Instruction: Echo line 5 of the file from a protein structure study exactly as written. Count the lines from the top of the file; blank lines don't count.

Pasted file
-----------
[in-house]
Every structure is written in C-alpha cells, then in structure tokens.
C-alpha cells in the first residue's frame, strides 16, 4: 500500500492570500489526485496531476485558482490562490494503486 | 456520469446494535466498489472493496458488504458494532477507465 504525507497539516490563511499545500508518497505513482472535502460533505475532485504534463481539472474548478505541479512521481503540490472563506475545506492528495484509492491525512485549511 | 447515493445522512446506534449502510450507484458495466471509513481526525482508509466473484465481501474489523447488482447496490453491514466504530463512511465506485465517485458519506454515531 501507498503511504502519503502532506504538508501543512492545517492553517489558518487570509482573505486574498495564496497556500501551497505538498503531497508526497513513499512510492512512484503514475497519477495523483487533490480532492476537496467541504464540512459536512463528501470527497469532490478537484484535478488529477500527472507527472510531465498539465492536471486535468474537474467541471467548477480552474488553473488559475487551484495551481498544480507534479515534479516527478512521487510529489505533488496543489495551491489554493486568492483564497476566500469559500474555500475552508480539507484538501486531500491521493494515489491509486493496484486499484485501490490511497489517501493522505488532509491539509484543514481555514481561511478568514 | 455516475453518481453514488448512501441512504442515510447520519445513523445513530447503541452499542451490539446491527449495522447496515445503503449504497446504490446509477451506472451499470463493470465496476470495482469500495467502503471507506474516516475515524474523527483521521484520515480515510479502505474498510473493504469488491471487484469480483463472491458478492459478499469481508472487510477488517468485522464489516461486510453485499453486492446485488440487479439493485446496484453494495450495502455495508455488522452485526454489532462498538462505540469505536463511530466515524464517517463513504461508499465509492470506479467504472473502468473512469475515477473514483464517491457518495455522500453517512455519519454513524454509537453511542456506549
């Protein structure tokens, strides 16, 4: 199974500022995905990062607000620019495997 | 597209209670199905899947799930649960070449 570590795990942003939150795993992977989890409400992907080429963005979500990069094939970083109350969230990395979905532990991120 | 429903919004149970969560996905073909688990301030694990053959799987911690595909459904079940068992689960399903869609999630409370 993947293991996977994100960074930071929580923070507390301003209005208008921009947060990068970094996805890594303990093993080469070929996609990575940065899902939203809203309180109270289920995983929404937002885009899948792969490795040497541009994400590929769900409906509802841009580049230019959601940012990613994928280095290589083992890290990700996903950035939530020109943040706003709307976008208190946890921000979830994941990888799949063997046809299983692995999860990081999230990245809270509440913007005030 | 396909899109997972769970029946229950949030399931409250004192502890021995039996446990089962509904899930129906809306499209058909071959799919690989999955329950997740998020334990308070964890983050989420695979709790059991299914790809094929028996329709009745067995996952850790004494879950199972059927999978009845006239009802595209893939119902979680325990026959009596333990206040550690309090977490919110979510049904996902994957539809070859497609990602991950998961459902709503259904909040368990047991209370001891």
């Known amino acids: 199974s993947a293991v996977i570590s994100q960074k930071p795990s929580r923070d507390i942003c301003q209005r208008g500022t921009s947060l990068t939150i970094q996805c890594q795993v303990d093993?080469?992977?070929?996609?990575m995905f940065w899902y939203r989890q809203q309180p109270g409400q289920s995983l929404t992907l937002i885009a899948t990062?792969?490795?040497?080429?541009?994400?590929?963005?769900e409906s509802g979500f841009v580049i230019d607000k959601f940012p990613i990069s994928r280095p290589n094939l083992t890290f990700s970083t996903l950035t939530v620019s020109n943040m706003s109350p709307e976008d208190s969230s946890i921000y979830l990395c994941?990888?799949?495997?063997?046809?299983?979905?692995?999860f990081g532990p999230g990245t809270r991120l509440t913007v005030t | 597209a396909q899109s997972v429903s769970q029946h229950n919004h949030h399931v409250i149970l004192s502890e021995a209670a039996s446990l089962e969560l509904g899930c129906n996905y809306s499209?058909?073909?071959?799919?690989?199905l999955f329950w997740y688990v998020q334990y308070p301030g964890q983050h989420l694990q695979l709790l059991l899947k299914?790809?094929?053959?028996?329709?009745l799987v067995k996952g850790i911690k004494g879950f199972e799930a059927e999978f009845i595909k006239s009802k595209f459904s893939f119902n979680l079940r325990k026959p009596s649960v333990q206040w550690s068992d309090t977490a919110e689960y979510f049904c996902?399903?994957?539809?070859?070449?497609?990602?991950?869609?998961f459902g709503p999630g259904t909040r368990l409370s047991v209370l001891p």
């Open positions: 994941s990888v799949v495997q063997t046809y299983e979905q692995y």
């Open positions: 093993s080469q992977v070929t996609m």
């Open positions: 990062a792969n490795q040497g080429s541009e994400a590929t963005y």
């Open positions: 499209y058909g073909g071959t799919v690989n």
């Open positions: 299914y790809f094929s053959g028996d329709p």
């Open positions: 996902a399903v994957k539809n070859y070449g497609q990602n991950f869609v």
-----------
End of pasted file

């Known amino acids: 199974s993947a293991v996977i570590s994100q960074k930071p795990s929580r923070d507390i942003c301003q209005r208008g500022t921009s947060l990068t939150i970094q996805c890594q795993v303990d093993?080469?992977?070929?996609?990575m995905f940065w899902y939203r989890q809203q309180p109270g409400q289920s995983l929404t992907l937002i885009a899948t990062?792969?490795?040497?080429?541009?994400?590929?963005?769900e409906s509802g979500f841009v580049i230019d607000k959601f940012p990613i990069s994928r280095p290589n094939l083992t890290f990700s970083t996903l950035t939530v620019s020109n943040m706003s109350p709307e976008d208190s969230s946890i921000y979830l990395c994941?990888?799949?495997?063997?046809?299983?979905?692995?999860f990081g532990p999230g990245t809270r991120l509440t913007v005030t | 597209a396909q899109s997972v429903s769970q029946h229950n919004h949030h399931v409250i149970l004192s502890e021995a209670a039996s446990l089962e969560l509904g899930c129906n996905y809306s499209?058909?073909?071959?799919?690989?199905l999955f329950w997740y688990v998020q334990y308070p301030g964890q983050h989420l694990q695979l709790l059991l899947k299914?790809?094929?053959?028996?329709?009745l799987v067995k996952g850790i911690k004494g879950f199972e799930a059927e999978f009845i595909k006239s009802k595209f459904s893939f119902n979680l079940r325990k026959p009596s649960v333990q206040w550690s068992d309090t977490a919110e689960y979510f049904c996902?399903?994957?539809?070859?070449?497609?990602?991950?869609?998961f459902g709503p999630g259904t909040r368990l409370s047991v209370l001891p």